What Will Happen to The King Eddy Saloon?

Photo by Paul Bartunek
Photo by Paul Bartunek

What's in a name? For downtown's The King Eddy Saloon, perhaps everything - and nothing.

Often dubbed the last authentic dive bar in Los Angeles, the Skid Row staple is slowly preparing for a change of ownership, and that's got some folks nervous. Fans of the corner bar's grimy appeal are worried that new owners Michael Leko and Will Shamlian won't be as gentle with the aging space as time has been. Leko and Shamlian are in familiar territory with the purchase, having previously become partners in Library Bar, Pizzeria Urbano and a host of other revamped downtown spaces. For their part, Leko and Shamlian have expressed an interest to the LA Times and elsewhere that they would simply like to revive the sagging saloon with the purchase. If anything, it seems, the men would like to trade on its history against the backdrop of a revitalized downtown Los Angeles. What that means for the barstools and the patrons who frequent them remains to be seen. At least they're keeping the name.

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The history of The King Eddy Saloon goes well beyond Dustin Croick, the current owner who took over day-to-day operations from his father in 2008. Originally opened in 1933, The King Eddy has always served hardworking locals along one of the most plagued streets of Los Angeles. Men and women - well, mostly men - have been enjoying cheap well drinks and plastic pitchers of draught beer since before Croick was in diapers, and more than a few are still dropping by. These days, it's less about grabbing a pint, and more about taking one last look around. But the place still has quite a story to tell -- the Prohibition-era basement and tunnels are fascinating.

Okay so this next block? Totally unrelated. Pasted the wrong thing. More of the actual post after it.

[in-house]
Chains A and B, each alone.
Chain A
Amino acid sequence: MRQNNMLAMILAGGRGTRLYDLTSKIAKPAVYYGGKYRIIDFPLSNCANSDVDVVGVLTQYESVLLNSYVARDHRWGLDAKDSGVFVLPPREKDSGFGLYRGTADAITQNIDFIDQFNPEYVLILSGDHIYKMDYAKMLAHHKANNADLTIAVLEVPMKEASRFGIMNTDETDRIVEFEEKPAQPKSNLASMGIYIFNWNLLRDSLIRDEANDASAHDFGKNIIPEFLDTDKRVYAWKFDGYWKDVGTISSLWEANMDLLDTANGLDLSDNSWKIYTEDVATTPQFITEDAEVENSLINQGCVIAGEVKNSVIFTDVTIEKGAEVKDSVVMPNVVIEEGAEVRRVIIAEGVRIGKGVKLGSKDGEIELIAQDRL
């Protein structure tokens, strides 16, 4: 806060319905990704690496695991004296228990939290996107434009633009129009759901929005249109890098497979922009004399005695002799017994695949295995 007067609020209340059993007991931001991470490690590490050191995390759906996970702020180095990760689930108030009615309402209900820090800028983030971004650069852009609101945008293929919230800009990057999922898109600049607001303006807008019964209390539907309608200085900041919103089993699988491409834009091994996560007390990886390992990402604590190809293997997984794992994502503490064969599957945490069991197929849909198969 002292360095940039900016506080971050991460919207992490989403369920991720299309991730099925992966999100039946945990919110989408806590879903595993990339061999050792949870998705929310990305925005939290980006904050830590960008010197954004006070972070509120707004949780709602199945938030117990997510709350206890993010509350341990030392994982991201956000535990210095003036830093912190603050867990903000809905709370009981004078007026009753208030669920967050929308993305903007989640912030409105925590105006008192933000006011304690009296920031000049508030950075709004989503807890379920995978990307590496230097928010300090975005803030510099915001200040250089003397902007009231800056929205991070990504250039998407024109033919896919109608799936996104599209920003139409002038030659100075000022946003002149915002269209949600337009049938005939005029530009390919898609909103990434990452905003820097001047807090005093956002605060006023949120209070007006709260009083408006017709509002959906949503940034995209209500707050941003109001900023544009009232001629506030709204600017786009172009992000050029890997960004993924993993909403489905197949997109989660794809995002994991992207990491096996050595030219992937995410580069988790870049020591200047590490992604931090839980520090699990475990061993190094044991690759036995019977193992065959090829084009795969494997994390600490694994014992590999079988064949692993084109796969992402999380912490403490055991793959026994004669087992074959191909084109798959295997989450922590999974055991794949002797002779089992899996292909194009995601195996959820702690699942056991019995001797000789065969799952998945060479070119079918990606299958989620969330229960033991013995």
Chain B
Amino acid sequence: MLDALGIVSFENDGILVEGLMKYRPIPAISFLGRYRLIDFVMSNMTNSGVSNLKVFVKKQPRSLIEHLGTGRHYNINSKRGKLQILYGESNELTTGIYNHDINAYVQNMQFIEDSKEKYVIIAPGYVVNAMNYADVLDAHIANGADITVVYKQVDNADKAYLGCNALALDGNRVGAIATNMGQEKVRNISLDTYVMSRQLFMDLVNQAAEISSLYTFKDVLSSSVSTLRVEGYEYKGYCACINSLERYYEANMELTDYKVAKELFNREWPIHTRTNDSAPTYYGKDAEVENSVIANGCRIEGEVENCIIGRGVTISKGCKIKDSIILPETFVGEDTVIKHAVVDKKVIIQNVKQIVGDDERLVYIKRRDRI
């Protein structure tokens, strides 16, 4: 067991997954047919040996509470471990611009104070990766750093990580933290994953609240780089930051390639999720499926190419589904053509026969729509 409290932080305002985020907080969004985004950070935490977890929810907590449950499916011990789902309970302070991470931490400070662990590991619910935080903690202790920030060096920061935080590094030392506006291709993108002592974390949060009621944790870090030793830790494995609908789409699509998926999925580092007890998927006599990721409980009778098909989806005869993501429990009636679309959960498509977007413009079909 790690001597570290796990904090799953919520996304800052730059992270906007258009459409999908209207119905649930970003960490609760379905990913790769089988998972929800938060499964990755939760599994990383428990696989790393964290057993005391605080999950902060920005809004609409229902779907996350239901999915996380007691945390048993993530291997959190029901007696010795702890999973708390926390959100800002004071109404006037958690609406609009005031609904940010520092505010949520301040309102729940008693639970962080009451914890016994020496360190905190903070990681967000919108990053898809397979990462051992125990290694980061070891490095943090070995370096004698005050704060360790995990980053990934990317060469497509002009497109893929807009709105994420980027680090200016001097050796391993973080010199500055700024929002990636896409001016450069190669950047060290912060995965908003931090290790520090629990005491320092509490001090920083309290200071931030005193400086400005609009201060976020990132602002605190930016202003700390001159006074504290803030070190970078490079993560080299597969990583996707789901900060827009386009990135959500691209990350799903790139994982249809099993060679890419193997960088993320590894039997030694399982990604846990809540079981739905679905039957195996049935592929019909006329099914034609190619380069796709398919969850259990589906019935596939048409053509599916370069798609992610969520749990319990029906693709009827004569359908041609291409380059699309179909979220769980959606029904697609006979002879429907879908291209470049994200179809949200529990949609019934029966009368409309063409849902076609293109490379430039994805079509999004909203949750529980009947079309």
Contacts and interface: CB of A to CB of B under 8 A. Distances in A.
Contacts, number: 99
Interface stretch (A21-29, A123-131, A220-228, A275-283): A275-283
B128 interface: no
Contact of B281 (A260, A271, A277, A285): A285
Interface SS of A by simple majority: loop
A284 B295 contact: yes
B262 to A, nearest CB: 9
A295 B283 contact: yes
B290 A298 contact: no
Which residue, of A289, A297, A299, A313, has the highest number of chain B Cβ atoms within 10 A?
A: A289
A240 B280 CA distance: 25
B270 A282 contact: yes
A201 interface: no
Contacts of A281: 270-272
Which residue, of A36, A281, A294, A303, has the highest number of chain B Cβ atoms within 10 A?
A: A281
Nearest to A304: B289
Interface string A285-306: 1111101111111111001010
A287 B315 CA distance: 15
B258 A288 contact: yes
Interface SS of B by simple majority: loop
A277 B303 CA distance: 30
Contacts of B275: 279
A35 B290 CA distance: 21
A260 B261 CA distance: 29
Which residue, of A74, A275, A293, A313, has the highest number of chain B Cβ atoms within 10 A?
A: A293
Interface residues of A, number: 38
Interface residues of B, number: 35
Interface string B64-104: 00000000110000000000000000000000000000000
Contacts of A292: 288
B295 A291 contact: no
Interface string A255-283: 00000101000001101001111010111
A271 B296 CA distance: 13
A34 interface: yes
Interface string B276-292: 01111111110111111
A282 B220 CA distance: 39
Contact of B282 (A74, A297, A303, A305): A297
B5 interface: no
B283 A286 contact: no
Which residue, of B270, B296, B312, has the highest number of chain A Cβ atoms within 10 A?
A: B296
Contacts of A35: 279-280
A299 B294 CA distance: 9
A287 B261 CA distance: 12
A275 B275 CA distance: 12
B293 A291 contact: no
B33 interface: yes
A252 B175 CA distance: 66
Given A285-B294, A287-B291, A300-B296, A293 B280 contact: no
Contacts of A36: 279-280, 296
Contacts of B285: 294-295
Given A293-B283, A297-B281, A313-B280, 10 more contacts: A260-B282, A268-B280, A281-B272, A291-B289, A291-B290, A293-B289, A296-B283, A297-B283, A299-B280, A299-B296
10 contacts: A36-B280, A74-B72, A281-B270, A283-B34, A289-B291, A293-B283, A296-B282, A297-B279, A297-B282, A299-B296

On an average weeknight, the crowds may not have changed since word spread of The King Eddy's impending sale. Old men still straddle the bar, glancing at a few television screens or warmly chatting up the bartender. Yet there is a growing sadness at the inevitable loss of an LA drinking institution, a fact that has manifested itself with a few special events over the course of the summer. July's Lit Fest was a celebration of the space's role in a few celebrated authors lives, such as John Fante and Charles Bukowski. A big closing bash is also planned in the coming weeks, just before the lease changes hands. For now, cheap beer is still the most popular menu item, and you don't need a reason to sit down with a plastic pitcher.

Until the lights turn off on Croick's family legacy later this summer, the dark walls will still hang proudly with sports banners and neon signs. Above the wraparound bar, a lifetime of trinkets have accumulated, from detailed steins and model cars to dusty t-shirts for sale on plastic hooks. Come this fall, those shirts may well be the only artifact left to truly do justice to the place. Fitting, for a place that heralds the slogan: "The King Eddy Saloon - Where Nobody Gives A Sh*t About Your Name".


The King Eddy Saloon
131 East 5th Street
Los Angeles, CA 90013

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